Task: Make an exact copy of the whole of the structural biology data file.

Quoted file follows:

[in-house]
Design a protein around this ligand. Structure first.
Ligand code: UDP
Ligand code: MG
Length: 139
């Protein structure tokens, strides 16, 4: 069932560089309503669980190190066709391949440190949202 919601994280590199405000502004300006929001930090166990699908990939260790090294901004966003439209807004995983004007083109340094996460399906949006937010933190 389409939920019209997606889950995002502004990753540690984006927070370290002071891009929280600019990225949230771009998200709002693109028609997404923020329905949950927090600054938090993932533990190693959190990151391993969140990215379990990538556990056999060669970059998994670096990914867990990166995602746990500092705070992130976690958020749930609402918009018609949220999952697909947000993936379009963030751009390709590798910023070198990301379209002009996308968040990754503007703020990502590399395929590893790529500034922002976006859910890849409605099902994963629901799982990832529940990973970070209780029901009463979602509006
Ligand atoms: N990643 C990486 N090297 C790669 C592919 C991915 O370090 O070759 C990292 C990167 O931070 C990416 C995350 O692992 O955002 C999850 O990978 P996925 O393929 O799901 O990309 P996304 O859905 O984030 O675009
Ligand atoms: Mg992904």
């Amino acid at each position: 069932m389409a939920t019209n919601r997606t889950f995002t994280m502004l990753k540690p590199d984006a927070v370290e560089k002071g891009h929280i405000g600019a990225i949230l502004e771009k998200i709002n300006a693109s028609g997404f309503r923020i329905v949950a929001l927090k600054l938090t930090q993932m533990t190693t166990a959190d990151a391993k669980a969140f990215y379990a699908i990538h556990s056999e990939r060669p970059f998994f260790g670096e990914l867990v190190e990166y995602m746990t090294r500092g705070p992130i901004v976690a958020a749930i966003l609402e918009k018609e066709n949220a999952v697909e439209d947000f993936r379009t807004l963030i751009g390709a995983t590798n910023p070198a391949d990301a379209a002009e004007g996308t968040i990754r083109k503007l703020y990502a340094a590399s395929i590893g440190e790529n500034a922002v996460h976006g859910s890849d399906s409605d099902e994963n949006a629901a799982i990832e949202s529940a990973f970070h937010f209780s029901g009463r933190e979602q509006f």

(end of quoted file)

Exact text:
[in-house]
Design a protein around this ligand. Structure first.
Ligand code: UDP
Ligand code: MG
Length: 139
């Protein structure tokens, strides 16, 4: 069932560089309503669980190190066709391949440190949202 919601994280590199405000502004300006929001930090166990699908990939260790090294901004966003439209807004995983004007083109340094996460399906949006937010933190 389409939920019209997606889950995002502004990753540690984006927070370290002071891009929280600019990225949230771009998200709002693109028609997404923020329905949950927090600054938090993932533990190693959190990151391993969140990215379990990538556990056999060669970059998994670096990914867990990166995602746990500092705070992130976690958020749930609402918009018609949220999952697909947000993936379009963030751009390709590798910023070198990301379209002009996308968040990754503007703020990502590399395929590893790529500034922002976006859910890849409605099902994963629901799982990832529940990973970070209780029901009463979602509006
Ligand atoms: N990643 C990486 N090297 C790669 C592919 C991915 O370090 O070759 C990292 C990167 O931070 C990416 C995350 O692992 O955002 C999850 O990978 P996925 O393929 O799901 O990309 P996304 O859905 O984030 O675009
Ligand atoms: Mg992904």
């Amino acid at each position: 069932m389409a939920t019209n919601r997606t889950f995002t994280m502004l990753k540690p590199d984006a927070v370290e560089k002071g891009h929280i405000g600019a990225i949230l502004e771009k998200i709002n300006a693109s028609g997404f309503r923020i329905v949950a929001l927090k600054l938090t930090q993932m533990t190693t166990a959190d990151a391993k669980a969140f990215y379990a699908i990538h556990s056999e990939r060669p970059f998994f260790g670096e990914l867990v190190e990166y995602m746990t090294r500092g705070p992130i901004v976690a958020a749930i966003l609402e918009k018609e066709n949220a999952v697909e439209d947000f993936r379009t807004l963030i751009g390709a995983t590798n910023p070198a391949d990301a379209a002009e004007g996308t968040i990754r083109k503007l703020y990502a340094a590399s395929i590893g440190e790529n500034a922002v996460h976006g859910s890849d399906s409605d099902e994963n949006a629901a799982i990832e949202s529940a990973f970070h937010f209780s029901g009463r933190e979602q509006f």